• Emotionally -- Blackberrys, cell phones and ipods are all communication tools to stay more connected. However Dr. Murad's notes patients come in, complaining of feeling alone and isolated, while hooked up to them. "Keeping up with the fast pace of life means people aren't talking, aren't touching, and aren't communicating with the all important personal touch. This has a direct effect on our emotional health".

And studies echo Dr. Murad's findings. A recent Los Angeles Times article reports Americans have fewer close friends than they did almost two decades ago. "Longer work hours, lengthier commutes and the substitution of Internet connections for live ones ... contributed to the breakdown of social networks."

"Cultural Stress", says Dr. Murad starts young. "It's a vicious and escalating cycle. New parents are anxious about getting their child into the best preschool, placing said unborn child on a waiting list. Once in school, pressure increases, with scheduled play dates and extra-curricular activities. This cycle, to constantly keep up and do better, inducts children early into a culture of stress. Coupled with school, work and increasing affluence, children grow into adults facing the far-reaching effects of 'Cultural Stress'. Trying to keep up with more activities requires more money, resulting in longer hours spent at work." According to a U.S. government report, Americans now put in more hours on the job, than workers in any other nation.

Friday, July 14, 2006

Cultural Stress - Part 1

Stress is something that wears on your health, slowly but surely. You may not feel its immediate effects, but long-term it can really damage your well-being.

I found this great article by a well known dermatologist. It's about something he calls "cultural stress". I'll break it up into pieces since long posts scare off readers.
There is a new form of stress permeating daily life, affecting the entire body, and creating serious health problems inside and out. Coined by Howard Murad, M.D., dermatologist, researcher, and Associate Clinical Professor of Dermatology at UCLA, "Cultural Stress(TM)" is distinguishable in that it is all pervasive and cumulative. Mentally and emotionally disruptive, "Cultural Stress" plays havoc on physical well-being. According to Dr. Murad, it is a societal crisis; some researchers believe responsible for 90% of health problems experienced, including heart disease, cancer and lung ailments.

We don't pay enough attention to the amount of damage each daily instance of stress has on the body. Each stressor alone is relatively insignificant, but when these individual stressors become frequent patterns, our health deteriorates. I call this 'Cultural Stress'," explains Dr. Murad. Whether work deadlines, supermarket lines, traffic, computer isolation or financial concerns, he notes they all contribute to the stability of an individual's well-being.

Thursday, July 13, 2006

Buddy on Demand

I've been reading about this idea. I'm not sure if it's in production or not, but it's kinda funny. By flipping a switch a driver can have an instant passenger. Women can make it appear they have a male companion in the car to deter attackers. The way I see it, more people will likely abuse it for carpool lane use. I wonder if the insurance company that thought of this thought of that?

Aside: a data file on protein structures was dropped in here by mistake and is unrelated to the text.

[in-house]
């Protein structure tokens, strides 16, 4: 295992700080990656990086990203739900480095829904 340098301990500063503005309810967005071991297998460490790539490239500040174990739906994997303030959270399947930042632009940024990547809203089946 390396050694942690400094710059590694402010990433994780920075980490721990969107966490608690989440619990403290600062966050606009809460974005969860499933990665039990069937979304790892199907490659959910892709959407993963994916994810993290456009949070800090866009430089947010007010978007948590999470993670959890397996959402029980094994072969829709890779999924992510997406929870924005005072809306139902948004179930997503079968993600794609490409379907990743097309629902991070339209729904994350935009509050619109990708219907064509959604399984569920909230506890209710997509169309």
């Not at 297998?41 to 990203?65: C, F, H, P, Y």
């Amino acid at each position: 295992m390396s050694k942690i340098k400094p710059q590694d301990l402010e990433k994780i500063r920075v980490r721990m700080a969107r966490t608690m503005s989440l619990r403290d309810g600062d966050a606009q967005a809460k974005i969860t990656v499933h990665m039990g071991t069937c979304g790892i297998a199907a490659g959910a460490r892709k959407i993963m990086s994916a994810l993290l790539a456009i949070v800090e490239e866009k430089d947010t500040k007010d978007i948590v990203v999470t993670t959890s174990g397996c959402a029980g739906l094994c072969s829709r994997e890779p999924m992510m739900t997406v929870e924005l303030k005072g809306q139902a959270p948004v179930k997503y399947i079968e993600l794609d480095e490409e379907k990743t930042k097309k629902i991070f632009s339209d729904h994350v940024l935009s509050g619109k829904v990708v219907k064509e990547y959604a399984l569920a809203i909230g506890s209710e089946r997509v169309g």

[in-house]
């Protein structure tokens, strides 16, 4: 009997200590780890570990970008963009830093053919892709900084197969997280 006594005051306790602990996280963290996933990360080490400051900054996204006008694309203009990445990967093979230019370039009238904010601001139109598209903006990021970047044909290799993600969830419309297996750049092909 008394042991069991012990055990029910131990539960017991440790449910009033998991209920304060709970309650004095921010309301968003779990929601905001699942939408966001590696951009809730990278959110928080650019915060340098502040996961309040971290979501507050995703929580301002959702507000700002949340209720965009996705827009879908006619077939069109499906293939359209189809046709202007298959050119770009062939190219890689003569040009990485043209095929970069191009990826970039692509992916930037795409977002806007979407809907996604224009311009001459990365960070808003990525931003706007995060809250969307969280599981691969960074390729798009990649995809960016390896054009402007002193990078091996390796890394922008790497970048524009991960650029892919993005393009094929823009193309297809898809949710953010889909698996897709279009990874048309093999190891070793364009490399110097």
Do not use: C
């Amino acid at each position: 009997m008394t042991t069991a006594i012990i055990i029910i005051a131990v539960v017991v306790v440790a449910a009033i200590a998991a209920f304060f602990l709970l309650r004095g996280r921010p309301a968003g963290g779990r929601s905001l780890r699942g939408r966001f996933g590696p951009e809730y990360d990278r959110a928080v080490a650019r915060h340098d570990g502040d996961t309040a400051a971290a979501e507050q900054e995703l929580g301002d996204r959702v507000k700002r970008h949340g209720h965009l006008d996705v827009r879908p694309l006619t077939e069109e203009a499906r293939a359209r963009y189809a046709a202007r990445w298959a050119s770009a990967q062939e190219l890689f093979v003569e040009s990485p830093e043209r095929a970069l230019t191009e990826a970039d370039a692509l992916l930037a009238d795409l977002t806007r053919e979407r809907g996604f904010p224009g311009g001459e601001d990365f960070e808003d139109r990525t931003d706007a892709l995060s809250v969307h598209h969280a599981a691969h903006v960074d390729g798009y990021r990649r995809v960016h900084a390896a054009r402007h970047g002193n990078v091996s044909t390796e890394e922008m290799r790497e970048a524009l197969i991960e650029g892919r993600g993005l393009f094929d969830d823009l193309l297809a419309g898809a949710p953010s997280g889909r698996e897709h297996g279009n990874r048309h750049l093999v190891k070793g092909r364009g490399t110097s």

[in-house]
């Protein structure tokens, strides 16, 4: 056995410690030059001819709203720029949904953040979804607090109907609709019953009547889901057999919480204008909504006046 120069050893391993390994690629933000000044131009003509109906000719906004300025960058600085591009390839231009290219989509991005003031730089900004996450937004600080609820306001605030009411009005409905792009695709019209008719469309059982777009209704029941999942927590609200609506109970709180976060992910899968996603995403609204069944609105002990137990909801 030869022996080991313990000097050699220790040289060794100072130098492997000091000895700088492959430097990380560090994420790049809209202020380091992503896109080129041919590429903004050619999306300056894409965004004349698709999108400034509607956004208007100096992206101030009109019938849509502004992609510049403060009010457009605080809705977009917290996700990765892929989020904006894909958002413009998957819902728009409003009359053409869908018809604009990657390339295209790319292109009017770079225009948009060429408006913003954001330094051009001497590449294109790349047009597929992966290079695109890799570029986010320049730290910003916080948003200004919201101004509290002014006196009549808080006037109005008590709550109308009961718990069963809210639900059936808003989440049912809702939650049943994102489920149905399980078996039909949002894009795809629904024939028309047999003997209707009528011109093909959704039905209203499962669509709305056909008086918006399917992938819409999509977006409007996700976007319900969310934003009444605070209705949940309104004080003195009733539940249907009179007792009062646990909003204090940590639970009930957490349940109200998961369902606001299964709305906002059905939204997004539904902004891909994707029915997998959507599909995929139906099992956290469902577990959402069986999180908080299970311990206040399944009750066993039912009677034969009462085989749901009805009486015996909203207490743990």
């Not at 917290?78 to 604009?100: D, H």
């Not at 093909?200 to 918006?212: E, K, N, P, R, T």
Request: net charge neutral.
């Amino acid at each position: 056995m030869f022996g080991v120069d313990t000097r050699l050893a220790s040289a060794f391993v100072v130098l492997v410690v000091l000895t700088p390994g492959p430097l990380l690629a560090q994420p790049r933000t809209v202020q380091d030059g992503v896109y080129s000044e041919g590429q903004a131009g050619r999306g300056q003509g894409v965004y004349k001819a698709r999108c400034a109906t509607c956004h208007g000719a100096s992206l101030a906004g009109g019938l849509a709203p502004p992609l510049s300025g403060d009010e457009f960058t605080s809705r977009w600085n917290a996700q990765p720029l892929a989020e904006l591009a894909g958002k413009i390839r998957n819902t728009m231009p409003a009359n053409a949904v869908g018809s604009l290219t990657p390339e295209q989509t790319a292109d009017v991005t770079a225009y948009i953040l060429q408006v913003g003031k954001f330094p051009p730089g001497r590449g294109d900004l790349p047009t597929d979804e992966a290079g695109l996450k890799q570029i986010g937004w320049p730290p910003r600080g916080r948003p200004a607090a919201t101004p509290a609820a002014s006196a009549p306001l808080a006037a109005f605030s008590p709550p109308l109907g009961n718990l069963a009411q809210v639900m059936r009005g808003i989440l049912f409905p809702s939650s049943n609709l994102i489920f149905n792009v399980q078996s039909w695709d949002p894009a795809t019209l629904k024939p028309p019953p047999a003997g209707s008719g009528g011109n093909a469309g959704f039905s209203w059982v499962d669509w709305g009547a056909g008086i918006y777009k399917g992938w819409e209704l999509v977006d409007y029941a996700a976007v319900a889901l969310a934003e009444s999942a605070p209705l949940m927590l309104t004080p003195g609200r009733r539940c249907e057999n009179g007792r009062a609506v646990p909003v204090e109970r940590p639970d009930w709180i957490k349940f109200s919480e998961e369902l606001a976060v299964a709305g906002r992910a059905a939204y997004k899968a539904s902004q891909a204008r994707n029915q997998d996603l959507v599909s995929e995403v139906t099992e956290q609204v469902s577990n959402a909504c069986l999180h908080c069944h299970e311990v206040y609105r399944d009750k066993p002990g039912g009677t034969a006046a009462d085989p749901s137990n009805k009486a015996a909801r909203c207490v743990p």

It's an outfit called Sheila's Wheels and apparently they provide quotes for all 50 states. I've personally never heard of them, but I guess you can get an auto insurance quote either on their website or through their call center.

Wednesday, July 12, 2006

Join the modern world already

When I'm standing in a grocery store line, I am forever annoyed at the people who are still fumbling with their checkbooks. In this electronic day and age, why are these people still using pen and paper? Have these people not heard of credit cards? Even if they don't have a credit card, debit cards are just as handy these days and work just as well as credit cards.

I personally hate to carry around more than $20 in cash. I usually have less. I can use cards practically anywhere, and it's so much more convenient than counting out the change. Besides, when used responsibly, credit cards actually help your credit history. They help when you're in a jam and don't have enough cash to get that car repair done. They're easy to cancel when they get stolen, unlike cash. Some places you can't even get service if you don't have a card! Why would you not have one?

So people, please quit annoying me by getting ahead of me in the grocery line and dragging out that damn checkbook. Join the modern world and use a card already.

Monday, July 10, 2006


I was reading about legends behind the Hope diamond (a huge, rare, blue diamond). Apparently it was stolen from the statue of a Hindu goddess and it's been bad luck for all who have tried to benefit from it. The original thief was supposedly torn to pieces by wild dogs right after selling it. Eww. Creepy, if it's true.

I don't understand the whole hype about diamonds. Why are they worth so much? Because they're hard to find? Good restaurants are hard to find but I don't see people making such a big deal about it.

But I suppose if you need to get one, for whatever reason, you shouldn't pay full retail price. I'd pick a diamond jewelry store with discounted prices. And whatever you do, don't try to buy the Hope diamond from the museum it was donated to. I don't think you want that curse.